Going off the New York Times best sellers list today, it’s obvious that fiction and nonfiction by Black authors are in demand. So why is the world of publishing so reluctant to offer Black writers the same major book deals typically offered to white writers? There are few people of color who serve as publishing staff or literary agents, and even fewer who operate at decision-making levels. The recent Twitter protest #PublishingPaidMe exposed the major pay disparities in the industry between Black and non-Black authors. As a result, Black writers struggle to receive the same marketing exposure, even as readers continue to find and demonstrate their enthusiasm for the titles that do get published.
How might the book publishing industry use this moment to bring more racial diversity to the field? As part two of our Changing the Narrative series, this program explores these challenges, as well as new possibilities for employing, and publishing more books by, people of color.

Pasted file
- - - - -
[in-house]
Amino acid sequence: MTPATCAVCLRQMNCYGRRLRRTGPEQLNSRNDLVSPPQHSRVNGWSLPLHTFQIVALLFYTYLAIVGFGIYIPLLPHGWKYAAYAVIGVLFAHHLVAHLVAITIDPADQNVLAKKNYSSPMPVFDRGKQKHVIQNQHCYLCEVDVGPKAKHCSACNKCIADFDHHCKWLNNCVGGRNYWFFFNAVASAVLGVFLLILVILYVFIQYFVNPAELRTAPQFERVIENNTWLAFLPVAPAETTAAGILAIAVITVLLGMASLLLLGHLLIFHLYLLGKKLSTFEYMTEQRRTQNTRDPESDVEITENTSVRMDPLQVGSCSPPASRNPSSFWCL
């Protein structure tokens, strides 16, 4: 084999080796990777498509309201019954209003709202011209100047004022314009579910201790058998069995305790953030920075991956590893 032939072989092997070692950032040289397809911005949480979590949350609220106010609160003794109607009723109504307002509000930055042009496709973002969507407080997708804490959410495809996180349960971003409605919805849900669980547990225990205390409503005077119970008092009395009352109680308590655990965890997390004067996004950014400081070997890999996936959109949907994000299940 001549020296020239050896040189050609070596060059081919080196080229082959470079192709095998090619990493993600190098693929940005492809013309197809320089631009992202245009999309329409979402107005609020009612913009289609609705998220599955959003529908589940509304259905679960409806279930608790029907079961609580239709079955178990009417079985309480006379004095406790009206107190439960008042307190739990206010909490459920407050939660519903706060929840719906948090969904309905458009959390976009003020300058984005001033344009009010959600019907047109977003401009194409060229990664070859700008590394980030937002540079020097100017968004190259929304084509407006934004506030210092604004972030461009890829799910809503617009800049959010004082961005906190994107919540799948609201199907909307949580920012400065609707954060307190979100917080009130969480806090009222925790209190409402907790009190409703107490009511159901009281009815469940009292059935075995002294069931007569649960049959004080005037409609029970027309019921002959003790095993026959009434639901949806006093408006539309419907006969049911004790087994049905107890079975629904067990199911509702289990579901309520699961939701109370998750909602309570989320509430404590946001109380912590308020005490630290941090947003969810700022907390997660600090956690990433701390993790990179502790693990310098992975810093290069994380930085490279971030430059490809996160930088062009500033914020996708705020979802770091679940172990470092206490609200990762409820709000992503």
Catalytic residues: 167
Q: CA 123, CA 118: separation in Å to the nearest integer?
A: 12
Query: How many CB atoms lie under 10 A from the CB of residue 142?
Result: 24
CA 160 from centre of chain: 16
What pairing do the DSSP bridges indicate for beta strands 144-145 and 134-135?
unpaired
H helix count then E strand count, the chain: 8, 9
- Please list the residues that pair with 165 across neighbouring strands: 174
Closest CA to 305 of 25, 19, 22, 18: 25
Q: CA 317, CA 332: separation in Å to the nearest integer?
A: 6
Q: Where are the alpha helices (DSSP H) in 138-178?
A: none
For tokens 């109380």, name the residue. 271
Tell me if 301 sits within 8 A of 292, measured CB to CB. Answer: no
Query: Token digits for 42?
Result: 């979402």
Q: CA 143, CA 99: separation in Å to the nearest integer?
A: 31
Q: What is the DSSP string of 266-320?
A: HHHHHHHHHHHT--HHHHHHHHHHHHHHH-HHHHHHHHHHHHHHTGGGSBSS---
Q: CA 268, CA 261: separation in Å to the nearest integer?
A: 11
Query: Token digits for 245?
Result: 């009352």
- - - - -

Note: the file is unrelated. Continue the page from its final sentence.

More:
We are joined by:
- Regina Brooks, Founder & President, Serendipity Literary Agency
- Nicole Dennis-Benn, Award Winning Novelist, Author of Patsy
- Lisa Lucas, Incoming Senior Vice President & Publisher, Pantheon and Schocken Books
- Erroll McDonald, Vice President and Executive Editor, Knopf Doubleday Division, Penguin Random House
- Adrienne Brodeur, Executive Director, Aspen Words, & Author of Wild Game
This is the second of three programs in our Changing the Narrative series, which looks at the construction and representation of race in journalism, book publishing, and entertainment. The first installment was Changing the Narrative: How News Media Covers Race in America.